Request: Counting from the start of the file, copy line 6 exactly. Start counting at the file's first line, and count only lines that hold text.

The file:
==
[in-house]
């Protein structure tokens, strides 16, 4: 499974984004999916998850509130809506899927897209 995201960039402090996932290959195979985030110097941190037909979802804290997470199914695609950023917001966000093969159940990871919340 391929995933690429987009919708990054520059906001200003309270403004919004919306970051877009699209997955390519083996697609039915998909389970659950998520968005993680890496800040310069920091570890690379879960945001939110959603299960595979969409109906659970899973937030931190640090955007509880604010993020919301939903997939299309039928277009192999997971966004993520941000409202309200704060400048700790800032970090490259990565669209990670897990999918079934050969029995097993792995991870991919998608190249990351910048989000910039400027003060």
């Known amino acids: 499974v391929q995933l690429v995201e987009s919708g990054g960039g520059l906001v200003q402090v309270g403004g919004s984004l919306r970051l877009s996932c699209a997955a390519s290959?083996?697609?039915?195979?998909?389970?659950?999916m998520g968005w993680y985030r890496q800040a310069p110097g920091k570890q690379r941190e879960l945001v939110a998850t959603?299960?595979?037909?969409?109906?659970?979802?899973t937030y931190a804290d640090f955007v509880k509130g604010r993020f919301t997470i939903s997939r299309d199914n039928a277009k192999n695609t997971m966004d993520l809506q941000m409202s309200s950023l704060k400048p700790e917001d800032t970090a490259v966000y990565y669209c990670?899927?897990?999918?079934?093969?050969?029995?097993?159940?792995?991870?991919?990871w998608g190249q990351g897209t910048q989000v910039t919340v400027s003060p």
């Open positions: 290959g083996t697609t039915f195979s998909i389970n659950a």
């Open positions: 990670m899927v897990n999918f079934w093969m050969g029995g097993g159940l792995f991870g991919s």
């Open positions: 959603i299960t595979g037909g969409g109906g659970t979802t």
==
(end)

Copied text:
């Open positions: 959603i299960t595979g037909g969409g109906g659970t979802t």